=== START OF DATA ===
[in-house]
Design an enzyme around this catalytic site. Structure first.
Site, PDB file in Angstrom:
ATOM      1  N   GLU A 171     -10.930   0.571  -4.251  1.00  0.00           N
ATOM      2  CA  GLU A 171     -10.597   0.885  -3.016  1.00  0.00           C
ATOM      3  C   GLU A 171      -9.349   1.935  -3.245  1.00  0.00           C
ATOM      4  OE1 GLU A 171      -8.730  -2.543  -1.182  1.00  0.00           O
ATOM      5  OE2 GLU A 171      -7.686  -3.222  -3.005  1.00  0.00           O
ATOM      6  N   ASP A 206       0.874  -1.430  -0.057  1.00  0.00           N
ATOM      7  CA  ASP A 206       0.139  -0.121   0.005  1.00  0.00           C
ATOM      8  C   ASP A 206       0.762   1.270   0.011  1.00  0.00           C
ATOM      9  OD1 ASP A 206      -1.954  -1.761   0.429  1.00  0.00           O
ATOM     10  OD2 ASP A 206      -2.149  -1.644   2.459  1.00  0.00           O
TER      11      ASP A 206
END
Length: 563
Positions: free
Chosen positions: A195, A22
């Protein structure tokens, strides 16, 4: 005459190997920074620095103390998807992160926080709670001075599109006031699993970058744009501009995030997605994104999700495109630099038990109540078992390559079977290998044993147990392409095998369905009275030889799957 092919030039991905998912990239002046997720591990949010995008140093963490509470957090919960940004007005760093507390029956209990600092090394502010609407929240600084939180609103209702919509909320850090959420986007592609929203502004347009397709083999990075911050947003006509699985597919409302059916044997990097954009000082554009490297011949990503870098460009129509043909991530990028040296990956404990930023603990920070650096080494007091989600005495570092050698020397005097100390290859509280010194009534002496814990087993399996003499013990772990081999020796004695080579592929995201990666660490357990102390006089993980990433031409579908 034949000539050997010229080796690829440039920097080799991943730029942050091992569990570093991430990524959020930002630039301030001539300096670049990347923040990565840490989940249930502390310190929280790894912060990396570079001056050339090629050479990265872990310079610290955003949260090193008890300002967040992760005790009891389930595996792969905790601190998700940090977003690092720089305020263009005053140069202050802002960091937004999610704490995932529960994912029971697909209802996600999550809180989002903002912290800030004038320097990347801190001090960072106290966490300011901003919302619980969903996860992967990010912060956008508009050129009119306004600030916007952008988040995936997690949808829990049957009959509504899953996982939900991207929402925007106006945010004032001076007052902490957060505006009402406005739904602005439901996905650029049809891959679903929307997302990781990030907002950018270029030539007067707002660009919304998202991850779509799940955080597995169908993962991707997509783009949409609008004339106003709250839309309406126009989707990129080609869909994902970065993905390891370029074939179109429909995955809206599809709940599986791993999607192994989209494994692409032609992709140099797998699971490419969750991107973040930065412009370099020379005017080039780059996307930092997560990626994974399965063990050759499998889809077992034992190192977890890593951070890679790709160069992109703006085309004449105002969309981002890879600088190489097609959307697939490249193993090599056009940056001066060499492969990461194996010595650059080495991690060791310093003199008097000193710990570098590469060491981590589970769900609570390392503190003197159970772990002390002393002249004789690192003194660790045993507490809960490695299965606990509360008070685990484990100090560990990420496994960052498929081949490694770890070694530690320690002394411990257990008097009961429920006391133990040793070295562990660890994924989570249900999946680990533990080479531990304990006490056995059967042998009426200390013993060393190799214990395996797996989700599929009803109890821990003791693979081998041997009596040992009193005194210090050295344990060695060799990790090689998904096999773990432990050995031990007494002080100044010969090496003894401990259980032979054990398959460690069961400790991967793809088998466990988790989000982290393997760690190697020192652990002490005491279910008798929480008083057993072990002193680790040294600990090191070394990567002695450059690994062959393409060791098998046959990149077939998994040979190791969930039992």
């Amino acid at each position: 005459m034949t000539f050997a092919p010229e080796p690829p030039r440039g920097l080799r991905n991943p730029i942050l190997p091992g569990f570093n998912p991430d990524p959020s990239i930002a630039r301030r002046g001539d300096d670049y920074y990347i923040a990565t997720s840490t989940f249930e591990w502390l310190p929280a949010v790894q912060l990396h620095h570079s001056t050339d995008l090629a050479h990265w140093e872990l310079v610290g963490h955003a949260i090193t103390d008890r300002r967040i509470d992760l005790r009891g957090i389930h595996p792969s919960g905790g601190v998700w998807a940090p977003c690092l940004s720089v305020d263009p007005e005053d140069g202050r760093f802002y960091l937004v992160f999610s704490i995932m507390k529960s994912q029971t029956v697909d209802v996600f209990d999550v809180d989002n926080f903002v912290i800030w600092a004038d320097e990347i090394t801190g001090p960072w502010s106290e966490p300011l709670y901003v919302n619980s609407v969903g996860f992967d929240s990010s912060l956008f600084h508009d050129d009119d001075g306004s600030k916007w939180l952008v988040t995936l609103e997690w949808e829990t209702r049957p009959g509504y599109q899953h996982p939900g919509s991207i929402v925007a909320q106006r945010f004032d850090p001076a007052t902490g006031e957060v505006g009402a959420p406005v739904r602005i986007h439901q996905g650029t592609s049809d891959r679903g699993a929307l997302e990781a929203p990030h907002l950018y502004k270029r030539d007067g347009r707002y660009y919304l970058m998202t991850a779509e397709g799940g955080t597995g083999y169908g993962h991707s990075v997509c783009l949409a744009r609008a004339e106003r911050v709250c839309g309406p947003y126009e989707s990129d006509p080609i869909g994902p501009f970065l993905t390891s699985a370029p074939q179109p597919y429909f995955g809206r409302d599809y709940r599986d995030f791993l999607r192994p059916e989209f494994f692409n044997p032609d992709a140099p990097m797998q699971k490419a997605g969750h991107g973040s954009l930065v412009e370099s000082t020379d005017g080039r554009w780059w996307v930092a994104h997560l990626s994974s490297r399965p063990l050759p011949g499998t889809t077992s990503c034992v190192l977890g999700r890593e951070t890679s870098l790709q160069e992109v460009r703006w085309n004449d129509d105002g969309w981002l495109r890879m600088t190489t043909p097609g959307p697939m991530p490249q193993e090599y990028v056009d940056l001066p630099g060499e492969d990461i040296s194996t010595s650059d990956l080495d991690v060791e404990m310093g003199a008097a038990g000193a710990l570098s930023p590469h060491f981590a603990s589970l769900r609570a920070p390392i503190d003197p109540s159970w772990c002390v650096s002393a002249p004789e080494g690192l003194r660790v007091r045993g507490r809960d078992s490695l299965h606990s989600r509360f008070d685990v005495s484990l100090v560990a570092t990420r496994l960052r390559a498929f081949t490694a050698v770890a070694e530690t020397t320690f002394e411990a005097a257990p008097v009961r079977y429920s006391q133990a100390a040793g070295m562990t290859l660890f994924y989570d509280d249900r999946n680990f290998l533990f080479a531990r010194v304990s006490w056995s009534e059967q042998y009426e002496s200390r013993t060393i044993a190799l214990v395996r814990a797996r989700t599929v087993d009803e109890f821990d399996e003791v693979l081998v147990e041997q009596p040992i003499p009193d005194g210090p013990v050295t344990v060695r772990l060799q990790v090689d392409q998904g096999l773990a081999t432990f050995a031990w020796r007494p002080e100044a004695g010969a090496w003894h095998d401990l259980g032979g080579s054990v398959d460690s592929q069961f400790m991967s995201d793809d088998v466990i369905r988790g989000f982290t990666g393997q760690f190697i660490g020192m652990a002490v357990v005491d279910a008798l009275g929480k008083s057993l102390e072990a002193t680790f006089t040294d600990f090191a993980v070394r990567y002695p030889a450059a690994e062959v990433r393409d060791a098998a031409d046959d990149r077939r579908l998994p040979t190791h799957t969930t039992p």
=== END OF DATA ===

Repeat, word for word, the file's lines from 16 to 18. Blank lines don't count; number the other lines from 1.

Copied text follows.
Length: 563
Positions: free
Chosen positions: A195, A22